"For a long while now I have had the sense that I must take the time and make the effort to write down some memories of my life for the sake of coming generations. I tried to start several times, but I found the going very difficult for several reasons:
1. How do you capture more than eighty years of life on the few pages of a book?
2. Memories are funny things. Two people who have had the very same experience often remember it differently. This shows us clearly that memories are subject to our interpretation.
3. Much of what I remembered, especially from my early life, seemed sad, and I didn't want to just write a woe-is-me report.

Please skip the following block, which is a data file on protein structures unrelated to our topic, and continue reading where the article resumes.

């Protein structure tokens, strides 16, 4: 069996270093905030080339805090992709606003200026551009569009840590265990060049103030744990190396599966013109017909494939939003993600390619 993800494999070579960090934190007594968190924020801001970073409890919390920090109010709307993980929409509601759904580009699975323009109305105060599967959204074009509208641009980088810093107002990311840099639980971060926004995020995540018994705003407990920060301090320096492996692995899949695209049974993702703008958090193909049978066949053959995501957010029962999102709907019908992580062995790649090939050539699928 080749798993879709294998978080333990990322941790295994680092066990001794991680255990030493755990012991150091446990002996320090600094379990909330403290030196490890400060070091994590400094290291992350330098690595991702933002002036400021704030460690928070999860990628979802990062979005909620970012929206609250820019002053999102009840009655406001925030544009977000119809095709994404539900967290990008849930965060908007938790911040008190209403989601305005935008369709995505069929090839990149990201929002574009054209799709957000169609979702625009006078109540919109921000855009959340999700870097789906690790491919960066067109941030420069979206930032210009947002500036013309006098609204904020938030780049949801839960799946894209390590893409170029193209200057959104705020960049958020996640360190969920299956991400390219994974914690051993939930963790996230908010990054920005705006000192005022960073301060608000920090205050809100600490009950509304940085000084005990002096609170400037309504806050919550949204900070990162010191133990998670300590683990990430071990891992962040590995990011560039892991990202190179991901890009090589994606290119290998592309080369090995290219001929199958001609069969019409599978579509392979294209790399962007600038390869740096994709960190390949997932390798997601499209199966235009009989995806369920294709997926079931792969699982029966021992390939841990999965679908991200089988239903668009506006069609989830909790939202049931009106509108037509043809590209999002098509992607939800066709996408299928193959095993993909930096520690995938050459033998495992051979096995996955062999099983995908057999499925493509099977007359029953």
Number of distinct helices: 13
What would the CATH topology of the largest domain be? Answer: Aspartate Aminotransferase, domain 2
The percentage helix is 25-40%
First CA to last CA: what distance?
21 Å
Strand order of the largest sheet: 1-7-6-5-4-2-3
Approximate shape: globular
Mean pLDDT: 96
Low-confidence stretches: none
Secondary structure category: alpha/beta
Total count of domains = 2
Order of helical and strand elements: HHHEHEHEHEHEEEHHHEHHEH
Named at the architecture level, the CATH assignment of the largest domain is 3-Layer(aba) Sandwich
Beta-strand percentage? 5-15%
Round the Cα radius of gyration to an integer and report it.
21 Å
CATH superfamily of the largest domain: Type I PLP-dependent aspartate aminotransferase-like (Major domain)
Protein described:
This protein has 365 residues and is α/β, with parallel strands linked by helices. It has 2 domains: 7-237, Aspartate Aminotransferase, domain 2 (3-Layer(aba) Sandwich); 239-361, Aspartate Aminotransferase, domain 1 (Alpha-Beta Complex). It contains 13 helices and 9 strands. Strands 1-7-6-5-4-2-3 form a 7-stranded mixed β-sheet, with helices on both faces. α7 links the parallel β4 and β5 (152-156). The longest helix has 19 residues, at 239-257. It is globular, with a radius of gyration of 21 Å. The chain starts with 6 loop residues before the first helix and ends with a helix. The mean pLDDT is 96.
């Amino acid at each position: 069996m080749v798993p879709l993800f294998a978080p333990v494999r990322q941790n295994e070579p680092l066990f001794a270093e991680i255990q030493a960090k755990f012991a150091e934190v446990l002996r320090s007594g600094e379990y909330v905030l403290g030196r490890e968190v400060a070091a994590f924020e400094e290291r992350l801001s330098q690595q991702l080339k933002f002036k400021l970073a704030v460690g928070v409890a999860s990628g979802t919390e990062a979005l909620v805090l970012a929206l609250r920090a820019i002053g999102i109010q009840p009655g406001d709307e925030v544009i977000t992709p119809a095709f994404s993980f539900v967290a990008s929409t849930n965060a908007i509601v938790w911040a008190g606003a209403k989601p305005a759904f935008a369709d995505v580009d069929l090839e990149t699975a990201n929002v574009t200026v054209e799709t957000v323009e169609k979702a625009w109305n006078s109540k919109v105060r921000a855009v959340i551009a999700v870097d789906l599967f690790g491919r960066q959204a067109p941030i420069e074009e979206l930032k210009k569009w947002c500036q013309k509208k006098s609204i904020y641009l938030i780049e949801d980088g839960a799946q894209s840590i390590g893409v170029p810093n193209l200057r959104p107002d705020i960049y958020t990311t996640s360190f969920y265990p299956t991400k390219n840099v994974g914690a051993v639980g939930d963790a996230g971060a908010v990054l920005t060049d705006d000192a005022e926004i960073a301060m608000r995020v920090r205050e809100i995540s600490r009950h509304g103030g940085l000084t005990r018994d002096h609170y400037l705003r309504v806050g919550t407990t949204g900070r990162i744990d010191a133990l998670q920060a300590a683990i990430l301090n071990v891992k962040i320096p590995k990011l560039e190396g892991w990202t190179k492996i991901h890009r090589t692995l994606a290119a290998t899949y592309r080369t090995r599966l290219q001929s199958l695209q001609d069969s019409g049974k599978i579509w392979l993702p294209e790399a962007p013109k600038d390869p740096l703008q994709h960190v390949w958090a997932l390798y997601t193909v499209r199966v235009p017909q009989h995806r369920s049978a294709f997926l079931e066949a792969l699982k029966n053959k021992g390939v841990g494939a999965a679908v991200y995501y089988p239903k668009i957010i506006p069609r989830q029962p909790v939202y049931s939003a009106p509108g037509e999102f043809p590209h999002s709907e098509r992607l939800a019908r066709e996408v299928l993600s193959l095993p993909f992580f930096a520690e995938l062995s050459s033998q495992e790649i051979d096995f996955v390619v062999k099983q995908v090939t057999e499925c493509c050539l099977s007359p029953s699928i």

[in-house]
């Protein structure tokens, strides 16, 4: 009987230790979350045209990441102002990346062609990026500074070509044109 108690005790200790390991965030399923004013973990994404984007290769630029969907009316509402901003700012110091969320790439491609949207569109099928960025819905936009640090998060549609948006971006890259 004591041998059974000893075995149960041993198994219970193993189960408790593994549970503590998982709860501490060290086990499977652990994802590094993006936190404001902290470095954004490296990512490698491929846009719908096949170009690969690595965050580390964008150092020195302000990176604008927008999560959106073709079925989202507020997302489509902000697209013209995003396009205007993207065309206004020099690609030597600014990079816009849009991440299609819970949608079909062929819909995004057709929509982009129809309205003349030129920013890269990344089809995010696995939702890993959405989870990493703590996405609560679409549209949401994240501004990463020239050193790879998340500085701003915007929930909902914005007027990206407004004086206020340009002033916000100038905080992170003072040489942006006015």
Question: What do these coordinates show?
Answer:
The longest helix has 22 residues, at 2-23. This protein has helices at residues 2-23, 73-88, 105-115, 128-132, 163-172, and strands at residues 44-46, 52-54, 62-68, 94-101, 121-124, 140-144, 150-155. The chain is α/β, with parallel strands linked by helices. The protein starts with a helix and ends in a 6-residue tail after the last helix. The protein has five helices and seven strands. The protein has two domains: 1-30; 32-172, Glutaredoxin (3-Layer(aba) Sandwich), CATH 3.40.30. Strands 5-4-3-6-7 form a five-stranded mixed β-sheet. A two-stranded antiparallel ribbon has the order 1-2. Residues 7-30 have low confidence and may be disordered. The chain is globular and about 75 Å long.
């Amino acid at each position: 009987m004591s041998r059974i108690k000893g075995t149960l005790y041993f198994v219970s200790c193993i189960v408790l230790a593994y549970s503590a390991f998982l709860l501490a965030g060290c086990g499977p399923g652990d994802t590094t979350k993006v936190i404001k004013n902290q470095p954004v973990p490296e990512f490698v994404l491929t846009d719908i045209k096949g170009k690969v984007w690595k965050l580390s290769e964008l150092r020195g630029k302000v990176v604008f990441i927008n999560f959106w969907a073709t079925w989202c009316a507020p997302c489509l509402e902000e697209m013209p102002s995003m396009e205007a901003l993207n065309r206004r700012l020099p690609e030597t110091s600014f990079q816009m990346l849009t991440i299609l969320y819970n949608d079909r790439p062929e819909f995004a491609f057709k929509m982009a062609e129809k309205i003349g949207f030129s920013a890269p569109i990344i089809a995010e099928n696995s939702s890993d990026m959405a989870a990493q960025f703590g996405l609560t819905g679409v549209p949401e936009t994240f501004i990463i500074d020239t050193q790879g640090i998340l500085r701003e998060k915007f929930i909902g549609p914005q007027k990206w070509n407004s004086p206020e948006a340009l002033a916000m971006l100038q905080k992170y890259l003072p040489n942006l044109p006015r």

4. As we age, memories are one of the many things we often start to lose, especially the detail of them.
"Still I knew that I must write my story, the best I can remember it. And, in the end, I found that I had to tell it, sad or not. But, along with any sadness, I can say that trials and difficulties build character in us when we learn to face them squarely and keep moving forward toward a better future for ourselves and others. That is my fervent wish for my children and grandchildren and each succeeding generation."
— Teddie Irwin